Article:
A parent's worst nightmare

After their son, Louis, was involved in a horrific accident, Mark and Emma Webber could only watch as the lifeboat crew worked to save him.

Emma holds Louis's hand in the hospital

There are stories behind every rescue: from the lifeboat crew involved, and the family of those who were saved. This article tells the story from the family’s perspective. You can read about the rescue from a crew member’s point of view in this article.

 

It’s the call every parent fears the most. There’s been an accident involving your child. Mark and Emma Webber were at home watching TV when a family friend called them urgently. ‘Emma, it’s Amy. I’ve got Louis in my arms. You need to get here quick.’

 

Their son Louis had been out with friends around Looe, including Amy’s son Finn. They were on the cliffs next to the harbour when the ground gave way beneath Louis’s feet, sending him falling onto the rocks below. ‘I couldn’t speak,’ says Emma. ‘I knew just from the tone in her voice that something was terribly wrong. Mark was saying to me: “What’s going on?”, and I was just literally shouting at him: “We need to go, we need to go!”

 

They raced to the scene. ‘We were about five minutes away from where it happened,’ says Emma. ‘When we got there, there was every rescue service you could think of. Blue lights flashing everywhere. There was even a helicopter in the sky, and this was not long after it happened.’

 

‘I scrambled down the rocks to him,’ says Mark. ‘My initial thoughts when I first saw him was: “Oh my god, my son is dead.” I can honestly say I now know what the word “terrified” means.’

‘I remember seeing the lifeboat crew all around him,’ says Emma. ‘It’s the worst ever feeling to experience as a parent. Nobody would say he was going to be OK because, from their experience, they knew this was serious. We didn’t know if he was going to live or die.’

 

Racing against the tide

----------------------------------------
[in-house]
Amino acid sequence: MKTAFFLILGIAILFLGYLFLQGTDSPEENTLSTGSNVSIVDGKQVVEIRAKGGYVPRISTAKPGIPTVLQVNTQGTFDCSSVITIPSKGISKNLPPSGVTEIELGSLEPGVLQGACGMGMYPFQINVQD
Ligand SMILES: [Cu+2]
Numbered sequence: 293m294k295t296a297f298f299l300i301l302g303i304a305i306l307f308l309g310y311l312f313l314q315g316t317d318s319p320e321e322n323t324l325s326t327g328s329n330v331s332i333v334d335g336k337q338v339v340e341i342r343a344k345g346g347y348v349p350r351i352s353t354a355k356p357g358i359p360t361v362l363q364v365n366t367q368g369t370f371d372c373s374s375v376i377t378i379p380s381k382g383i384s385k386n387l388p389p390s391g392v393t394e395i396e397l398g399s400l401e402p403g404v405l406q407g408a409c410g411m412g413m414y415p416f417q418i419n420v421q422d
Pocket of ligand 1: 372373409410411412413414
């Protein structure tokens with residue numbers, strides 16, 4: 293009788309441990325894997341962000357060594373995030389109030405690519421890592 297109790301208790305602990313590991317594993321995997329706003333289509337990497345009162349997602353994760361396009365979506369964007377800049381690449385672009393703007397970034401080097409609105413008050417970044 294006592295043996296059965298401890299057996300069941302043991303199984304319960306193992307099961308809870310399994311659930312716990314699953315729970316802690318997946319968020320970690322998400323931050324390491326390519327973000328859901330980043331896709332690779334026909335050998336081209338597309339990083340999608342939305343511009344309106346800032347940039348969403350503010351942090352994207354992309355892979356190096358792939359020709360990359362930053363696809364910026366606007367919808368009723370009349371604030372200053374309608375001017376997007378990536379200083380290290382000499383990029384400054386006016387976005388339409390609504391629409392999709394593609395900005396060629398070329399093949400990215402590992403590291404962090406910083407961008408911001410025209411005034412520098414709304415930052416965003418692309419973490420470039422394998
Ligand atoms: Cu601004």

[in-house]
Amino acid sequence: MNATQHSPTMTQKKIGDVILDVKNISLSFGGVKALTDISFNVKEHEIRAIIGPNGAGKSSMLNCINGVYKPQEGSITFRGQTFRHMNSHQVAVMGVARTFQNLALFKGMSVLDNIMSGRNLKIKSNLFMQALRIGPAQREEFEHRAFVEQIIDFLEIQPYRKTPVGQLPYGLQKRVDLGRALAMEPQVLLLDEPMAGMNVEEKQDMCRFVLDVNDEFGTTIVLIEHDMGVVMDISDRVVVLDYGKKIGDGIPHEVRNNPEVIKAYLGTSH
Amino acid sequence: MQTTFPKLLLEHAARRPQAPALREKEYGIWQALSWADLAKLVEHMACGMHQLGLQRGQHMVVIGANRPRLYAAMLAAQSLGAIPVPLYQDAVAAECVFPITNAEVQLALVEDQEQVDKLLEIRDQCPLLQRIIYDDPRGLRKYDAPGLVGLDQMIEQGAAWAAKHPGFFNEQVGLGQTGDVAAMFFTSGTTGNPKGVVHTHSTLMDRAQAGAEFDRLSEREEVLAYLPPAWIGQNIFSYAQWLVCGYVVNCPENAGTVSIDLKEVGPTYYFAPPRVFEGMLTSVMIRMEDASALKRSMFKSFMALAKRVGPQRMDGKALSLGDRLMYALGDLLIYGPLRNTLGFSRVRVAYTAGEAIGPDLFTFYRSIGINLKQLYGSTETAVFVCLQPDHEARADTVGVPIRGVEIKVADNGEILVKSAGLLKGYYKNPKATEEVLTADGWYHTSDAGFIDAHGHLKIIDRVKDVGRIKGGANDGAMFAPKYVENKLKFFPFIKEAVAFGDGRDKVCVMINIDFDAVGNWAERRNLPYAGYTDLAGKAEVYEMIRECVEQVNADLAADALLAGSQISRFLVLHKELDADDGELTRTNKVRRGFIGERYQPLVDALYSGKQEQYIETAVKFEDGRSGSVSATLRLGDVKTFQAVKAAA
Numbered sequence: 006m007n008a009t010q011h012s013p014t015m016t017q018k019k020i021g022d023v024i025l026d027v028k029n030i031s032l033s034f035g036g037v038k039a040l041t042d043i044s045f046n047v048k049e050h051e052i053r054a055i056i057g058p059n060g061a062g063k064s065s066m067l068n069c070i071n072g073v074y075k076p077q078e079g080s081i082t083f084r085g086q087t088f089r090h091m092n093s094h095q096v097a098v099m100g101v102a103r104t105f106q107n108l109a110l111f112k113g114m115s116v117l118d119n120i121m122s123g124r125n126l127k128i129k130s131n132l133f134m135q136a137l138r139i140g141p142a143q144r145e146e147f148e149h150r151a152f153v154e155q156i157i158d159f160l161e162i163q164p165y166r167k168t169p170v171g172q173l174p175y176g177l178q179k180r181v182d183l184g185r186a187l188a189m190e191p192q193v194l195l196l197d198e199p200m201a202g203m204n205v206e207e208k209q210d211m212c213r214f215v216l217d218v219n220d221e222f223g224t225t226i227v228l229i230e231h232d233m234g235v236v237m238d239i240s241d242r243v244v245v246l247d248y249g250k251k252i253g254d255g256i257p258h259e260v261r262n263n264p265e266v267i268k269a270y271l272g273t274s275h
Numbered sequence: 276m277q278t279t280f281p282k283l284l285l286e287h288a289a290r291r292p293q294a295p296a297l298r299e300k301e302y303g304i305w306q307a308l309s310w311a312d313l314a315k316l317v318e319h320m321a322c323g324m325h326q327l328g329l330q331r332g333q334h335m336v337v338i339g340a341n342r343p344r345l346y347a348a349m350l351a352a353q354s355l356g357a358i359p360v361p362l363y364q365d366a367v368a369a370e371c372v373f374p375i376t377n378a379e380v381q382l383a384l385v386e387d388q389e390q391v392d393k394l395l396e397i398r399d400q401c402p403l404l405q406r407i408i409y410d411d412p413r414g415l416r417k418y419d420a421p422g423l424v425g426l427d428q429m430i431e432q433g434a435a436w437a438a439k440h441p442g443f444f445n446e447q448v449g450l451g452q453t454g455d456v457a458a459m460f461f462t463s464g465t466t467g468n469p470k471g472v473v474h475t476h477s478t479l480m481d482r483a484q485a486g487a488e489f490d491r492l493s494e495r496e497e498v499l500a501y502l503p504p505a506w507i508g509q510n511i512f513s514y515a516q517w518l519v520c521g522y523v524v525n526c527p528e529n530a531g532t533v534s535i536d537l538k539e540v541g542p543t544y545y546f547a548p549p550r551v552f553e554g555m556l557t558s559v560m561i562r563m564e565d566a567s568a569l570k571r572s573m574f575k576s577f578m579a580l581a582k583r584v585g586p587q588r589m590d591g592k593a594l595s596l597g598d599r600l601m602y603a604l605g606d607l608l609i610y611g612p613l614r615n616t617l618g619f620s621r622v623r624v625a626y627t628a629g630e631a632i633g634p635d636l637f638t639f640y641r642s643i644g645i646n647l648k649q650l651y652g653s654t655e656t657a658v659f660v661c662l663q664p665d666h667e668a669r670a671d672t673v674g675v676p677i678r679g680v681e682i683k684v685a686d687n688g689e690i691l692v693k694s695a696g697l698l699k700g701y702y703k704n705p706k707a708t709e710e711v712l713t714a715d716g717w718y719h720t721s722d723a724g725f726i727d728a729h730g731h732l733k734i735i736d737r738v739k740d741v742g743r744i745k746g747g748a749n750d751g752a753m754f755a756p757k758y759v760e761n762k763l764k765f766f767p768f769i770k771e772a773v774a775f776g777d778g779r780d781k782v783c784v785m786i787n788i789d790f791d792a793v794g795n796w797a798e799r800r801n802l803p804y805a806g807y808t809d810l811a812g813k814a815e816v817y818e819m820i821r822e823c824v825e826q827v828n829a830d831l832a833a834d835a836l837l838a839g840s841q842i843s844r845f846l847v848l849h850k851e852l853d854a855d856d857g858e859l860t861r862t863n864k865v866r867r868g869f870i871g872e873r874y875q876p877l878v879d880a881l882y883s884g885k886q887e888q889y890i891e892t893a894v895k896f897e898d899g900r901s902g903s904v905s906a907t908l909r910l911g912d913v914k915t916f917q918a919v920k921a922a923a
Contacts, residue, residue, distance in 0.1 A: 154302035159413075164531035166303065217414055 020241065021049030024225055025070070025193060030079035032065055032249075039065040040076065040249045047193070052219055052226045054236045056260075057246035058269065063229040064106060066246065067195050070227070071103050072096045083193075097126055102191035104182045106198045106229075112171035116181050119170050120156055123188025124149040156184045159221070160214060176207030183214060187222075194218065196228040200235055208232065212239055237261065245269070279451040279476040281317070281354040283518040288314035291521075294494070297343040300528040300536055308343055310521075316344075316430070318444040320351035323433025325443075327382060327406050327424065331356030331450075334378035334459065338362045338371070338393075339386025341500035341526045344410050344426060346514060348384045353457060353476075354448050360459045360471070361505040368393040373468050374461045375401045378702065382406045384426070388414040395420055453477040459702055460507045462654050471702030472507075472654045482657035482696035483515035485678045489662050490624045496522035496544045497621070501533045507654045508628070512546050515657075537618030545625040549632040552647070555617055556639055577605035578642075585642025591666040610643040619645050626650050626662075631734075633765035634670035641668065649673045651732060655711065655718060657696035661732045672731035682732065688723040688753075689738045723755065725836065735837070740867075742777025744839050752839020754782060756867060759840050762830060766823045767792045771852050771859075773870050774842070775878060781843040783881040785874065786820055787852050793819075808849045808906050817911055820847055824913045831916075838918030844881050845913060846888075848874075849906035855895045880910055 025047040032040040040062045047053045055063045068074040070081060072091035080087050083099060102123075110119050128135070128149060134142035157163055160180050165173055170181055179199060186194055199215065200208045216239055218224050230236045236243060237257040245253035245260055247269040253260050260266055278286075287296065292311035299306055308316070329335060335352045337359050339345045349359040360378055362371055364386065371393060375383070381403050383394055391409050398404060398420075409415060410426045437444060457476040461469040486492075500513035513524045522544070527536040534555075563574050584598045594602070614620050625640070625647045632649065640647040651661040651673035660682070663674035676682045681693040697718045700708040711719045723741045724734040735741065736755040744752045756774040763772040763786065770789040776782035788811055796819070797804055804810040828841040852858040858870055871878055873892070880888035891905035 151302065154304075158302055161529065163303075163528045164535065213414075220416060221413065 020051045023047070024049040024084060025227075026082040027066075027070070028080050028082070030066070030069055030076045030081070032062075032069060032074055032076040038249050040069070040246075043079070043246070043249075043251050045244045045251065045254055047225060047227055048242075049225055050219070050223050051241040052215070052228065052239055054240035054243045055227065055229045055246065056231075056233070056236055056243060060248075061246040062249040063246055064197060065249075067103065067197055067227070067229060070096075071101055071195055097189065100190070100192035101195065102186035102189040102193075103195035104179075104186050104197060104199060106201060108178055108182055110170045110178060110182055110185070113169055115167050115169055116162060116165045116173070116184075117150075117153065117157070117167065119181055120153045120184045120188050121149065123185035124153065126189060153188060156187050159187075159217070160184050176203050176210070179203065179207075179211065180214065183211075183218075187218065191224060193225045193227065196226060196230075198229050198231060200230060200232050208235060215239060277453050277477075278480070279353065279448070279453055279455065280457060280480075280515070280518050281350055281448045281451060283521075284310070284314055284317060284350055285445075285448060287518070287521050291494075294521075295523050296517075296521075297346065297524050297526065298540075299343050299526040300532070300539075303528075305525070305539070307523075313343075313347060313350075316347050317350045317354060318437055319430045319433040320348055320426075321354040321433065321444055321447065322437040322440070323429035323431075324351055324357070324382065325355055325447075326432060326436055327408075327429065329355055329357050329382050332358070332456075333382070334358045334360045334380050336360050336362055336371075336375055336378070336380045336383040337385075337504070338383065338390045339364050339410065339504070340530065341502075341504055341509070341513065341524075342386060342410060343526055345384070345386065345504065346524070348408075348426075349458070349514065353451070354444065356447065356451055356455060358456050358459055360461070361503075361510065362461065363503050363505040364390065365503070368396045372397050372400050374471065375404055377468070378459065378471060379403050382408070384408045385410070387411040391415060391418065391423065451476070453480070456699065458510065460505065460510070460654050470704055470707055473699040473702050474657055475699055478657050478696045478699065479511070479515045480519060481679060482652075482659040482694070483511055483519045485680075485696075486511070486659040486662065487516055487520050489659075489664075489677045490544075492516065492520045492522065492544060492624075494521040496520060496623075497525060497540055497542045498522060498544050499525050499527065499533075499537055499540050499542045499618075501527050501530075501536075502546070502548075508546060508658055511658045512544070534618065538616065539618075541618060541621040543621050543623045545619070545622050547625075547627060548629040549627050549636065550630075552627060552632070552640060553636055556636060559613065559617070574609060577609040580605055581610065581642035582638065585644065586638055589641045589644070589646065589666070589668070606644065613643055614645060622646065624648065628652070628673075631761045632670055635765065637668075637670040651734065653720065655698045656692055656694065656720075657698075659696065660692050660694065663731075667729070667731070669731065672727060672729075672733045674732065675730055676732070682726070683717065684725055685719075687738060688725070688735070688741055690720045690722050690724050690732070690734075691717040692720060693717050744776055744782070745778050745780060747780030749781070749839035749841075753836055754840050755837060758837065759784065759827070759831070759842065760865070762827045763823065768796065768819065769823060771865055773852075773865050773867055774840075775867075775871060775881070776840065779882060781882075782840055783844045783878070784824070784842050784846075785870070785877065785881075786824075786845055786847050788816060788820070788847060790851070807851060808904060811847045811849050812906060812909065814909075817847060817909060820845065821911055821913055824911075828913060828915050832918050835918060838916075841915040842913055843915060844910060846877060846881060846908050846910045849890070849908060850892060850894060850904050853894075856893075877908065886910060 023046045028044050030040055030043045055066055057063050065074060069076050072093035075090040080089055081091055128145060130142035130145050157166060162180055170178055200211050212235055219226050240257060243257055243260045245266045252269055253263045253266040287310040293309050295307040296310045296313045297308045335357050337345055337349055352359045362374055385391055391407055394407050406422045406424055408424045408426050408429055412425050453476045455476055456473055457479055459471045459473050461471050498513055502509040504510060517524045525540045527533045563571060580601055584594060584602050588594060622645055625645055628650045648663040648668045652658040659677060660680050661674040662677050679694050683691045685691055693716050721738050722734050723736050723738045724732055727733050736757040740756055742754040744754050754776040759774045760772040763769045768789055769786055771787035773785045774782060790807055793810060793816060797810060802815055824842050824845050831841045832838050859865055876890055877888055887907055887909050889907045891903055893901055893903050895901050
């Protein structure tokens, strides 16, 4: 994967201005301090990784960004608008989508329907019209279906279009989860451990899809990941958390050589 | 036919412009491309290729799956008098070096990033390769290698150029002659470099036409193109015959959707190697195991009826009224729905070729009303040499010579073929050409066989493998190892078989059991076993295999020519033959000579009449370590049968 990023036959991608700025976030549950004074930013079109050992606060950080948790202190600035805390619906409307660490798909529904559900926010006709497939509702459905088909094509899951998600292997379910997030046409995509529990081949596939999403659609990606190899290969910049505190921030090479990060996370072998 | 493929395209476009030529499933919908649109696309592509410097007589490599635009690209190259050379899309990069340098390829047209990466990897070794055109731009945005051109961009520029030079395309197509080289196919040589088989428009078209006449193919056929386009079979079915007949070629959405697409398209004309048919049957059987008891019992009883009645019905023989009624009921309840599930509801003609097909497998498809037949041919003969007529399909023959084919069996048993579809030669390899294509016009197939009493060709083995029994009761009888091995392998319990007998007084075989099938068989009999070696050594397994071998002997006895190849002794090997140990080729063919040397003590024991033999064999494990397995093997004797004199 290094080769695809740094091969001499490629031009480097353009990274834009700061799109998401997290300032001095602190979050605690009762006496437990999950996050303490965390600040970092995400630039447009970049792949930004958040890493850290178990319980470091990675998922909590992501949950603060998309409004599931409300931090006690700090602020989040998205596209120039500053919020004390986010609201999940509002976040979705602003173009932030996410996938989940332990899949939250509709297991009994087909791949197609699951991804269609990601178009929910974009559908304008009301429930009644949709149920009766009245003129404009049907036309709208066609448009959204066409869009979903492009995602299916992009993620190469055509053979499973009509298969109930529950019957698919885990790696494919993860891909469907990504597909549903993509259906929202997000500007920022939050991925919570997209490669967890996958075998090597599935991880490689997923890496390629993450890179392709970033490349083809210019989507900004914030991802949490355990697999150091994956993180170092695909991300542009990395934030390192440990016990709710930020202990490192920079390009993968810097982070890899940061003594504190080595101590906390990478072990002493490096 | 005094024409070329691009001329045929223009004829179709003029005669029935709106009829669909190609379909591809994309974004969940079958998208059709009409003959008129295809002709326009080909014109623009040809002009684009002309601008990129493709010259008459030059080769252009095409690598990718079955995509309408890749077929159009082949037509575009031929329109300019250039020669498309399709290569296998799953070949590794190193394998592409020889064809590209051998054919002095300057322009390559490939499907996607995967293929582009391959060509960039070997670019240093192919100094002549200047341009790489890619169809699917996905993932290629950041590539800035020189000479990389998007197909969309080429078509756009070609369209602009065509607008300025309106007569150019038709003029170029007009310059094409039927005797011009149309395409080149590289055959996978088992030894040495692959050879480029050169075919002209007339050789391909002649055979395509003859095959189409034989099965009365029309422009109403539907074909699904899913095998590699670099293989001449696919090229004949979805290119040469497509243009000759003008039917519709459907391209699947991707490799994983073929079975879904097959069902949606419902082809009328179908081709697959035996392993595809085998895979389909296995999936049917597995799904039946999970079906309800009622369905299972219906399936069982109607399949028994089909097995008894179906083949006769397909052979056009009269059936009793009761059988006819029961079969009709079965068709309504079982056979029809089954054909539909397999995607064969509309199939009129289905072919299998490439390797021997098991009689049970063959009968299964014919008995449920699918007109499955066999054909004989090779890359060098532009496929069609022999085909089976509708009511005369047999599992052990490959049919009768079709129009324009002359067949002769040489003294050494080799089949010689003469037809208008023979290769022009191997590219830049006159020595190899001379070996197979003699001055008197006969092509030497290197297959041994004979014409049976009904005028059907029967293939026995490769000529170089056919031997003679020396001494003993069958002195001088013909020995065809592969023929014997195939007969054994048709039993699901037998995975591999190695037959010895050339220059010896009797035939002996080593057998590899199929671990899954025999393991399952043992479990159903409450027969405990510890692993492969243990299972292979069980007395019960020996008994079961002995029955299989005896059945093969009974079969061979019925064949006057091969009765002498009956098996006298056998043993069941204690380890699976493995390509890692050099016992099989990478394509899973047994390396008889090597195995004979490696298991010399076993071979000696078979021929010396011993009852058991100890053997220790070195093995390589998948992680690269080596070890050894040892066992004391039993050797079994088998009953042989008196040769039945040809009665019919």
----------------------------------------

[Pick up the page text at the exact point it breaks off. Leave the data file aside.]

Powerless, Mark and Emma could only watch as the lifeboat crew and paramedics worked to save Louis. The lifeboat station is a big part of the community, so there were a few familiar faces on the crew that day.

 

‘I don’t think they knew that it was Louis to begin with,’ says Emma. ‘Toby, who’s the helm, his nephew Jack is friends with Louis. They’ve been in the same class for years and, when they went to prom last year, Toby was driving one of the cars. So, he knows Louis, he knows us, he knows who we are.’

 

Also among the crew was Dale Staff. As well as a volunteer on the lifeboat, Dale is the local GP and used to live next door to the Webber family. He had come straight to the scene from work and was still in his doctor’s scrubs. He was working with the crew to save Louis’s life when Mark and Emma arrived.

 

‘Louis was obviously in a lot of pain,’ says Mark. ‘I said to them: “Can’t you give him some sort of painkiller, or morphine, anything?” and they turned around to me and just said their main priority was to get him out of the water. The sea was coming in very quickly because of the spring tide and he was going to be freezing cold. Louis must have heard this, as he came round and started to panic.’

The coastguard helicopter prepares to take Louis to hospital